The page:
Revive Our Hearts Podcast

Leslie Basham: As you help your children navigate a minefield of temptation, Josh McDowell has this reminder for parents . . .

Josh McDowell: Rules without relationships leads to rebellion. Computers without relationships leads to rebellion. Cell phones without relationships leads to rebellion. Texting without relationships leads to rebellion!

Leslie: This is Revive Our Hearts with Nancy Leigh DeMoss for Wednesday, September 4.

Yesterday, we began a two-part series called "Raising Children with a Heart for Purity." I think Josh McDowell startled a lot of parents by describing how prevalent pornography is among children at younger and younger ages.

Today, he’ll talk about one of the most important things you can do as you help children deal with temptation . . . develop a close relationship with them. Josh has written about these topics in books like The Bare Facts and Straight Talk with Your Kids About Sex.

Here are Nancy and Josh to pick up their conversation.

Nancy Leigh DeMoss: I have a sister who has five teenage children, so I’m freshly burdened for this subject. I know parenting today is even so much different from when you were parenting your kids. Certainly the same principles can be applied, but I know you have a heart for this teenage—this digital—generation.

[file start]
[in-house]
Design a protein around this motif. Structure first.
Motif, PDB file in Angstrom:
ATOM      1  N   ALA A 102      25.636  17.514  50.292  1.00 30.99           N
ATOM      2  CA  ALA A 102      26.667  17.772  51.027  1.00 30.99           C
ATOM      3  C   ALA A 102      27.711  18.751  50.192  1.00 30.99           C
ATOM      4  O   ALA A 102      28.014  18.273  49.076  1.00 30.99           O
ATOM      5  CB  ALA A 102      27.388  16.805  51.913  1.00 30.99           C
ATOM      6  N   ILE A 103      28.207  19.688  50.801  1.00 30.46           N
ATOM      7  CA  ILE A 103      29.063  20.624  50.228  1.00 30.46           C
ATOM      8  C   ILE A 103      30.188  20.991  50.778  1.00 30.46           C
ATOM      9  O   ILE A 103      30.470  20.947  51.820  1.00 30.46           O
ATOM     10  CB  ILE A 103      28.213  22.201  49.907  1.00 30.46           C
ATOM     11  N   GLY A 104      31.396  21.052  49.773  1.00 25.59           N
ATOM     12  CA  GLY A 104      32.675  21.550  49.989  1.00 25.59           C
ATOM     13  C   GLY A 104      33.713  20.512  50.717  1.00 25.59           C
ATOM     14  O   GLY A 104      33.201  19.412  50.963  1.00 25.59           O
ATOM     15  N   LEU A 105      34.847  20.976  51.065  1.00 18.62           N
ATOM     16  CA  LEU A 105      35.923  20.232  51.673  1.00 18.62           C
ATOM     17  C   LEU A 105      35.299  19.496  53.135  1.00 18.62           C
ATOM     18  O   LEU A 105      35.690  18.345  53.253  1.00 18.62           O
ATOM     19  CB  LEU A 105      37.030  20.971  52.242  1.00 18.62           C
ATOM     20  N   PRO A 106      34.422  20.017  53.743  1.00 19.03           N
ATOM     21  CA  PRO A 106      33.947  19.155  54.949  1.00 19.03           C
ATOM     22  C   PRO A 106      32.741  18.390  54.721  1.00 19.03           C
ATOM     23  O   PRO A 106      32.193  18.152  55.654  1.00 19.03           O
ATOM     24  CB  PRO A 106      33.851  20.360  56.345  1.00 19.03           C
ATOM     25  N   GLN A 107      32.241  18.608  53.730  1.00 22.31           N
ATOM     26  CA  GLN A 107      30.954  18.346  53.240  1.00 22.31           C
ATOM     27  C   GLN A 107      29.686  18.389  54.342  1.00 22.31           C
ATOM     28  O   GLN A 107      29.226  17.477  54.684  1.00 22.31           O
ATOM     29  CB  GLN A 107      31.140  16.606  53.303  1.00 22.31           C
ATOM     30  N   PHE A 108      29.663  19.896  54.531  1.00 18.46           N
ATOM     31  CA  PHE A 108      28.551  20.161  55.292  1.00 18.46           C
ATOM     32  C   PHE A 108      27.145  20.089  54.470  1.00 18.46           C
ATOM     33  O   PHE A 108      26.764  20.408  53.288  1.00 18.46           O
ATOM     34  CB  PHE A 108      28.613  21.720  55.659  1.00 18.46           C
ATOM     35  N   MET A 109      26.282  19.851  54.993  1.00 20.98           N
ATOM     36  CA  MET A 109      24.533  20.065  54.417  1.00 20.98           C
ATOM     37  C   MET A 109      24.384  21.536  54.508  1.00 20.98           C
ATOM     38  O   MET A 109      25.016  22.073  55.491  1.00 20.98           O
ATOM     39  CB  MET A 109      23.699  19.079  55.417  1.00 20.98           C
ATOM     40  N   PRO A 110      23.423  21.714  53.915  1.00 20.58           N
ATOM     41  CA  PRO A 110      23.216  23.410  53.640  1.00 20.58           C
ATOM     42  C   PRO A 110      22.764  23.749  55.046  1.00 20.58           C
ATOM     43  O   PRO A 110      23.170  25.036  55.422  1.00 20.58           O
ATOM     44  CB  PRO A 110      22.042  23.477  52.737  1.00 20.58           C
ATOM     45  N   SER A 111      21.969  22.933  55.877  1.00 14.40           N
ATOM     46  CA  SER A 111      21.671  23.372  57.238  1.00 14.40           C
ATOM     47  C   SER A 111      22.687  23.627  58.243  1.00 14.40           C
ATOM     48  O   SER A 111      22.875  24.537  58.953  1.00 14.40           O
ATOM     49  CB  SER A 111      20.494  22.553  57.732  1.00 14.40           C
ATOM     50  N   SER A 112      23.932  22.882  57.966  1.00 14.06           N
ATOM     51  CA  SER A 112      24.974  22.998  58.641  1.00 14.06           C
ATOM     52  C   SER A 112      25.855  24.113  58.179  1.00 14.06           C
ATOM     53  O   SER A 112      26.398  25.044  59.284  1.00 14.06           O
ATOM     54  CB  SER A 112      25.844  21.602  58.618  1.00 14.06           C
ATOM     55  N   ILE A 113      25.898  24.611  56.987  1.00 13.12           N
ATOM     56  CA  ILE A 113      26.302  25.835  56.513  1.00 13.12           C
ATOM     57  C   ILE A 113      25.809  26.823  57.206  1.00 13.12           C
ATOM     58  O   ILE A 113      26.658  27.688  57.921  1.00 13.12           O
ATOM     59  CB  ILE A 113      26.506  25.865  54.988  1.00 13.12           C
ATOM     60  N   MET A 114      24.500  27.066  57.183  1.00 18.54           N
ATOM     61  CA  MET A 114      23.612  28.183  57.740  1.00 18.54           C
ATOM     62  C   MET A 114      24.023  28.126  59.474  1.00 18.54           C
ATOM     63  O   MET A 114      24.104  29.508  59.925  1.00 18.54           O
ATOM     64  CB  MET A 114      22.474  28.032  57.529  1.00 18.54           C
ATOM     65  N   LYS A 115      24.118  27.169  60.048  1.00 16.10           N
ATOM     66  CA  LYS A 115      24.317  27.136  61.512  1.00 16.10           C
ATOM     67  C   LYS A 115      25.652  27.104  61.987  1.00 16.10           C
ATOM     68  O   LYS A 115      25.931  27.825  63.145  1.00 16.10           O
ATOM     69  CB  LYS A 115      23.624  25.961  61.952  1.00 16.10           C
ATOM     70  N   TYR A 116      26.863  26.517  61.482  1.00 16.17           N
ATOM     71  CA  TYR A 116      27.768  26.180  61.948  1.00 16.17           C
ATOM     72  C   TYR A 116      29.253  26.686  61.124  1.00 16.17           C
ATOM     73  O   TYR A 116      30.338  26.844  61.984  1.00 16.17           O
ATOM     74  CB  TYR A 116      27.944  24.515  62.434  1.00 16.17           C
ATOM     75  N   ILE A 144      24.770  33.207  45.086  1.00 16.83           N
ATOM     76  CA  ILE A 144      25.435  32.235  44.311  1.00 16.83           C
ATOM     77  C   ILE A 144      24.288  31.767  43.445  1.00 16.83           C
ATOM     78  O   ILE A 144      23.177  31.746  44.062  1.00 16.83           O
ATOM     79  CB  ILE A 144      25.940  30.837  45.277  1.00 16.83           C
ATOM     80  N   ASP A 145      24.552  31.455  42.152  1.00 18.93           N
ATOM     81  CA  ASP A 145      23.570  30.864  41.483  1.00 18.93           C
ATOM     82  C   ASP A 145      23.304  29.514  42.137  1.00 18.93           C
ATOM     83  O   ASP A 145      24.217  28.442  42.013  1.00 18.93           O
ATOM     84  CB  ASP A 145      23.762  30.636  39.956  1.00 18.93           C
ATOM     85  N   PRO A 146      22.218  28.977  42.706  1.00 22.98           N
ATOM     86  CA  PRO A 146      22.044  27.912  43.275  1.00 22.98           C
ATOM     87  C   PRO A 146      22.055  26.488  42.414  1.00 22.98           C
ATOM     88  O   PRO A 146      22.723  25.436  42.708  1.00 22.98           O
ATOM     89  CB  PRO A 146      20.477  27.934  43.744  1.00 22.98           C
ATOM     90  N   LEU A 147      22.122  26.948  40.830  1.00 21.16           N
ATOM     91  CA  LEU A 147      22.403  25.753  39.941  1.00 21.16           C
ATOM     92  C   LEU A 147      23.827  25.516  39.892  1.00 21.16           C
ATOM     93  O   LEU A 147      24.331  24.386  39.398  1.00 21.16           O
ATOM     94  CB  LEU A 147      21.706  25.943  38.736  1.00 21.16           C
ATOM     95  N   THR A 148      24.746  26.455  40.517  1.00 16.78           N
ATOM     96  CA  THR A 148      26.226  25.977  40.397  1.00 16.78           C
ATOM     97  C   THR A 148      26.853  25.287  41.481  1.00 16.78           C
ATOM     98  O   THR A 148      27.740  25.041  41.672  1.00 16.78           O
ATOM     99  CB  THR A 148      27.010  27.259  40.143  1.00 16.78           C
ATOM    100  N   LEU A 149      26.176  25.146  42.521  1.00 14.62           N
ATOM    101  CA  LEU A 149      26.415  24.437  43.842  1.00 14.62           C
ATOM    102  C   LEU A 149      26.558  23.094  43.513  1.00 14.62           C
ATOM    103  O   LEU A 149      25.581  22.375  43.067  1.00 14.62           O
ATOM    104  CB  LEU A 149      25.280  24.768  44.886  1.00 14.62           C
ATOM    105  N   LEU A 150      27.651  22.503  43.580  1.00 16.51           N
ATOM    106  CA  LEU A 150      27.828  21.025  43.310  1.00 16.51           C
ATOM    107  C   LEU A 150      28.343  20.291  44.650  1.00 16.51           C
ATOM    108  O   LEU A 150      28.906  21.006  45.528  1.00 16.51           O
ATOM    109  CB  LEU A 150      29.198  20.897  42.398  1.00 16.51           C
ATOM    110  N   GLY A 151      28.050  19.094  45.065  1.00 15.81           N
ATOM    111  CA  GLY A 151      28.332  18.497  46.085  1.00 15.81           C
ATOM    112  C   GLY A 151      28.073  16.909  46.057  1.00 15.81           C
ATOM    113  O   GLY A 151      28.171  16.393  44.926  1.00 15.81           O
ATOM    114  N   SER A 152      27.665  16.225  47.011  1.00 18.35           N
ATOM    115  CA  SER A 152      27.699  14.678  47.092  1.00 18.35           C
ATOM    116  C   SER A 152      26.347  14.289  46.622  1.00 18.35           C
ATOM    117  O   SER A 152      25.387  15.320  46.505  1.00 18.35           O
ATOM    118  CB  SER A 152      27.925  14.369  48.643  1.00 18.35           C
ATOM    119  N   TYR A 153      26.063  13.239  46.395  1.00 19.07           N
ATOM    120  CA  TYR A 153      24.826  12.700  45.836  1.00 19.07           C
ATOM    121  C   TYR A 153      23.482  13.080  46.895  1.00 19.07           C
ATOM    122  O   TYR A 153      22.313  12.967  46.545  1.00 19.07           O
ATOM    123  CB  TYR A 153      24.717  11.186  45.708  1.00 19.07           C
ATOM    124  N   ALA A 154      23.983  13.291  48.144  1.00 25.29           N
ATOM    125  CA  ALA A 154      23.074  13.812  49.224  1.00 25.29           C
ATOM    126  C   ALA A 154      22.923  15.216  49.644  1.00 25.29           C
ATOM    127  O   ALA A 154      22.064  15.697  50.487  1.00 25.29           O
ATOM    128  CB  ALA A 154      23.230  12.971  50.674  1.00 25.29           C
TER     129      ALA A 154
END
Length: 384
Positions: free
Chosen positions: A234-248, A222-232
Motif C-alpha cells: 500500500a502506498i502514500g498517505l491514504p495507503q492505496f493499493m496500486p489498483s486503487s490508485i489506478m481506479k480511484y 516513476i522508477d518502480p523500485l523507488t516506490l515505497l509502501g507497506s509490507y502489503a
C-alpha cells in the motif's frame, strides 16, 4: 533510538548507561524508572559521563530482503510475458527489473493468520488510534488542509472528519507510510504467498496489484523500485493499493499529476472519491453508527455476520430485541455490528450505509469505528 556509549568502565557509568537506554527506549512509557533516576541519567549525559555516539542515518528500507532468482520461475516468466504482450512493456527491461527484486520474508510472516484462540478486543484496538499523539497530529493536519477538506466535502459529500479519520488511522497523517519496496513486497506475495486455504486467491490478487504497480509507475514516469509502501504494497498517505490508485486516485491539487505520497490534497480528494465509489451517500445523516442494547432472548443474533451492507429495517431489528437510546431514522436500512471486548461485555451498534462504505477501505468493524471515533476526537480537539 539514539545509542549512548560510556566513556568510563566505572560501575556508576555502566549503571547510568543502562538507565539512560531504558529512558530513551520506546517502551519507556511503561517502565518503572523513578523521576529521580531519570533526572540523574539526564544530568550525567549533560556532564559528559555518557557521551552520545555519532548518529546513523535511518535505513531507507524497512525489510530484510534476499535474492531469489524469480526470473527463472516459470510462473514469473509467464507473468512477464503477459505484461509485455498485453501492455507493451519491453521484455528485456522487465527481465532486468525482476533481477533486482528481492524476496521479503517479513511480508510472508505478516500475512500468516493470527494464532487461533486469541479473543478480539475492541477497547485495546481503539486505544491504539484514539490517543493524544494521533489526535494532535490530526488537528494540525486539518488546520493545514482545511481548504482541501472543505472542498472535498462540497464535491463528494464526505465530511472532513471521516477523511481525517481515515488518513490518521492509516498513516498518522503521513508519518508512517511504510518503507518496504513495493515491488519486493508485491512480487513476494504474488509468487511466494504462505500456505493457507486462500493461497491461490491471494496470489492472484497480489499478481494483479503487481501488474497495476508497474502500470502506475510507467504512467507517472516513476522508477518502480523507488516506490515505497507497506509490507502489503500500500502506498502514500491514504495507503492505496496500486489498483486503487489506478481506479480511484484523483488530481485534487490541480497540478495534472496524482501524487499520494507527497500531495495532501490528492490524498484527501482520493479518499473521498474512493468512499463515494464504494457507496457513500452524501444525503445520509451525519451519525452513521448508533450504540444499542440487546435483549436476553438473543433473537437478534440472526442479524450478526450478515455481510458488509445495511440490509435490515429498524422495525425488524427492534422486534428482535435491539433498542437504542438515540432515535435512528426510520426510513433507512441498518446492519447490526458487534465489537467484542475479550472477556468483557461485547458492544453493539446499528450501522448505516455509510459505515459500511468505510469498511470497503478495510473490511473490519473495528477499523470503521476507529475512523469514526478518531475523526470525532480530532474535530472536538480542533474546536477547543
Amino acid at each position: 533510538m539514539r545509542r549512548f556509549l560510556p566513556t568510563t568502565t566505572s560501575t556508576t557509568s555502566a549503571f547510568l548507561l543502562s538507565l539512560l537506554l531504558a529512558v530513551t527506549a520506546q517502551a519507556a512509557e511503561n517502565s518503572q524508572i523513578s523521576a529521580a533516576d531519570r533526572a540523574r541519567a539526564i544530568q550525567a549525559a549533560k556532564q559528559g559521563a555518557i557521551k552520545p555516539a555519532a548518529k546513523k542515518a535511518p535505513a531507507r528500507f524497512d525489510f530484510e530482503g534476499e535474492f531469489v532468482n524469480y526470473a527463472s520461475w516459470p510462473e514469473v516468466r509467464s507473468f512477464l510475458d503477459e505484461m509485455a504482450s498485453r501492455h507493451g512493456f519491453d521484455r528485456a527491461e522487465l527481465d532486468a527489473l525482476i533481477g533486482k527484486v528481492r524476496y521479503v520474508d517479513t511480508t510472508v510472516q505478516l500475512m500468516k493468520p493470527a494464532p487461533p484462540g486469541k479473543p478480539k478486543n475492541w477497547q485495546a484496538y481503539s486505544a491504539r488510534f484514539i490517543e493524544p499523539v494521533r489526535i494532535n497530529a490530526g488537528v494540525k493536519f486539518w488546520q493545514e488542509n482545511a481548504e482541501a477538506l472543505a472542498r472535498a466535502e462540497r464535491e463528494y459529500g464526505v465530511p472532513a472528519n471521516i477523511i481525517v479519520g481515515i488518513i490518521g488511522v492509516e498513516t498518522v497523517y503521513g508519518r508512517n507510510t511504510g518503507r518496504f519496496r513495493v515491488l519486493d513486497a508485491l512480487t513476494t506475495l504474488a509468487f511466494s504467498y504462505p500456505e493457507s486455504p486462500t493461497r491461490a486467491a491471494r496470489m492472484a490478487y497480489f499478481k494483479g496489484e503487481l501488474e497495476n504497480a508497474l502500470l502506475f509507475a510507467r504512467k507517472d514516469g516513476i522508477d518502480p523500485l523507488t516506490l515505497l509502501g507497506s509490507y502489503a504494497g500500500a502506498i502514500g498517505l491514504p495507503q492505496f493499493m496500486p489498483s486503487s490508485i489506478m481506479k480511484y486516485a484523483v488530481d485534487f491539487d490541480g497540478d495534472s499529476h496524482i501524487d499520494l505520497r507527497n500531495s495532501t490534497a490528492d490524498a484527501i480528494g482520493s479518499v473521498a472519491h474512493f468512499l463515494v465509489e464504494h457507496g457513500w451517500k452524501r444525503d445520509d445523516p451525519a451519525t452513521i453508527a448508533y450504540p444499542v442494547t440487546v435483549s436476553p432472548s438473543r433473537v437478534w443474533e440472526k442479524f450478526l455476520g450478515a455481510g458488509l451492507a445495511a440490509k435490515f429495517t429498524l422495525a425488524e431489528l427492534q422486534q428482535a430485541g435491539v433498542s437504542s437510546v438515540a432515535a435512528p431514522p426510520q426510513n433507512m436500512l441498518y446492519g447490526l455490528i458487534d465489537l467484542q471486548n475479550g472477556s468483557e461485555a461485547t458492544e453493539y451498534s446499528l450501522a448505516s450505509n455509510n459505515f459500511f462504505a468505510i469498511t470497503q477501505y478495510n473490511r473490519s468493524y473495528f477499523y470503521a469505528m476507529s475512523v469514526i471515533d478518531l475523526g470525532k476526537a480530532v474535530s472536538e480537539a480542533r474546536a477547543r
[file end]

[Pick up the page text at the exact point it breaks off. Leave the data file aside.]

One of the things I’m seeing is how much influence their peers have on these kids. If you were parenting teenagers and children today, how would you keep the channels of communication open so that your kids want to talk to you and not just get their influence from their friends?

Josh: I would do it the way I did it with my four children over the last thirty-four years . . . why?  I document this in the book. One of the first parts of the book is, “Parents, you are the key.” All the research shows that kids want to learn about sex, love, relationships, everything, from mom and dad before their peers, anyone.

I document in here where a major organization—university—wanted to help parents. They saw when parents started having children seven, eight, nine years old, they really thought, Am I going to lose my child? The hormones are kicking in, the peer pressure, friends, high school, college . . . will I lose my child?

So they did a major study, which is all documented in the Straight Talk book. They wanted to find out, “Is there anything greater than their hormones, their peer pressure, everything?” After millions of dollars and some good research, they found only one thing that overrides a child’s hormones kicking in (now think of that), a child’s peer pressure, high school, all the way through college . . . what do you think it is?